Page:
In this short scene—its remarkableness amplified by the fact that it showcases women in a then counter-cultural posture of learning—we see the synthesis of faith and works subtly but clearly displayed. They do not stand in opposition to one another any more than Martha truly opposed Mary. Rather we see the intimate dance of invisible and visible belief—just as we see in Abraham, the father of faith whose simple belief translated into humble works.
In his wistful short story, A Father’s Story, Andre Dubus’ protagonist, Luke Ripley, recollects his failed marriage and what the intervening time has taught him:
“. . . I wish I had known then what I know now, and we had performed certain acts together every day, no matter how we felt, and perhaps then we could have subordinated feeling to action, for surely that is the essence of love. I know this from my distractions during Mass, and during everything else I do, so that my actions and feelings are seldom one. [Such a coincidence] does happen every day, but in proportion to everything else in a day, it is rare, like joy.” (emphasis mine)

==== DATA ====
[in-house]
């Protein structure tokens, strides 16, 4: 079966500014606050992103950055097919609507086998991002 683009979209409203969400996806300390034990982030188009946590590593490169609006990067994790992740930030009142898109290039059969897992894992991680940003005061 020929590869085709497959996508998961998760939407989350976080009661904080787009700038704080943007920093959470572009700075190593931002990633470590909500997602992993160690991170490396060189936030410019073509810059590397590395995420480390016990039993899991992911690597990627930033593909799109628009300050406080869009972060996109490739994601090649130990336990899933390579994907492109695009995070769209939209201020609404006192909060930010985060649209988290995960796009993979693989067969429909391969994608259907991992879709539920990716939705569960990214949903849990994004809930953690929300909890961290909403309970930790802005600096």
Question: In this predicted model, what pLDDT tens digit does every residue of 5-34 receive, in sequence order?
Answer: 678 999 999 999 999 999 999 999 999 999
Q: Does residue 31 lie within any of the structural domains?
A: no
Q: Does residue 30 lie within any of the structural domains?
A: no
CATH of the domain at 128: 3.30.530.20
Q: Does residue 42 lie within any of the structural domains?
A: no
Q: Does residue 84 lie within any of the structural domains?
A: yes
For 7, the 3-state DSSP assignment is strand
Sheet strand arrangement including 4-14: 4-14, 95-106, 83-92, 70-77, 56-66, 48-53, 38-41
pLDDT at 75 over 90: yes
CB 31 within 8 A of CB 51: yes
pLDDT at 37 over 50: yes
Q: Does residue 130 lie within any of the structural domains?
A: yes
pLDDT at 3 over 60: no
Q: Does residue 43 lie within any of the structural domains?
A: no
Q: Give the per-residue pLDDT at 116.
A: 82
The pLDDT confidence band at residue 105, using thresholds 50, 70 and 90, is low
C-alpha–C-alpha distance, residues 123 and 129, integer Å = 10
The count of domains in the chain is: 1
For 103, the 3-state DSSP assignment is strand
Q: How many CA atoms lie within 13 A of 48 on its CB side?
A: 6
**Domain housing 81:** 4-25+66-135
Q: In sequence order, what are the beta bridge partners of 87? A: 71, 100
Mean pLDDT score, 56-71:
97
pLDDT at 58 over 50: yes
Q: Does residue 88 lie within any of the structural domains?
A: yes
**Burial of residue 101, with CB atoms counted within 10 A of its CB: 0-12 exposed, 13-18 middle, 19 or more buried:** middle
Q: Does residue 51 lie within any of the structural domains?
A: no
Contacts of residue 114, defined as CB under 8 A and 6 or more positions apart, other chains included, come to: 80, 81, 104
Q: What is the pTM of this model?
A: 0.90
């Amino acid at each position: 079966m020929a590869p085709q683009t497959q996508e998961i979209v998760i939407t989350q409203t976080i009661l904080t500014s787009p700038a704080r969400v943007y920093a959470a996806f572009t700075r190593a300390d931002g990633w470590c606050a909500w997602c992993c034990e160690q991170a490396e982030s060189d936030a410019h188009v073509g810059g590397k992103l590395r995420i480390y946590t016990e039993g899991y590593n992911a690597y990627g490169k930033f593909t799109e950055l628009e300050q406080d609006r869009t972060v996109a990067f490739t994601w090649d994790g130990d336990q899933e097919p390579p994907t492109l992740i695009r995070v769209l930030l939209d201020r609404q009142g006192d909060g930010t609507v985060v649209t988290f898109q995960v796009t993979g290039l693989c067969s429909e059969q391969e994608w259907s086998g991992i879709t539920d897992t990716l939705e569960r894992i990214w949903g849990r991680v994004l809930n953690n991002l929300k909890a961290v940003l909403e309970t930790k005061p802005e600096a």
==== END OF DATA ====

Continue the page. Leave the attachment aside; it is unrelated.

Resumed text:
Our affections—our deepest desires and loyalties—drive our every choice. And the God who made us cognitive and affective (among other things) means to redeem as much what we desire as what we do. But the life of faith to which He calls us is at its core a life of love—a fact our debates about salvation and faith and works sometimes miss. (A fact those at Project Reason—tendentiously?—exclude from their assessment.) For we are saved by love for love—saved through love to love—even if our love sometimes—most times?—must subordinate feeling to action.
Was Abraham saved by faith or by works, then? The answer is yes. As our forbears have taught us, we are saved by faith alone but saving faith is never alone; faith acts in love because it trusts in Love—His Love.
It’s the only reasonable conclusion.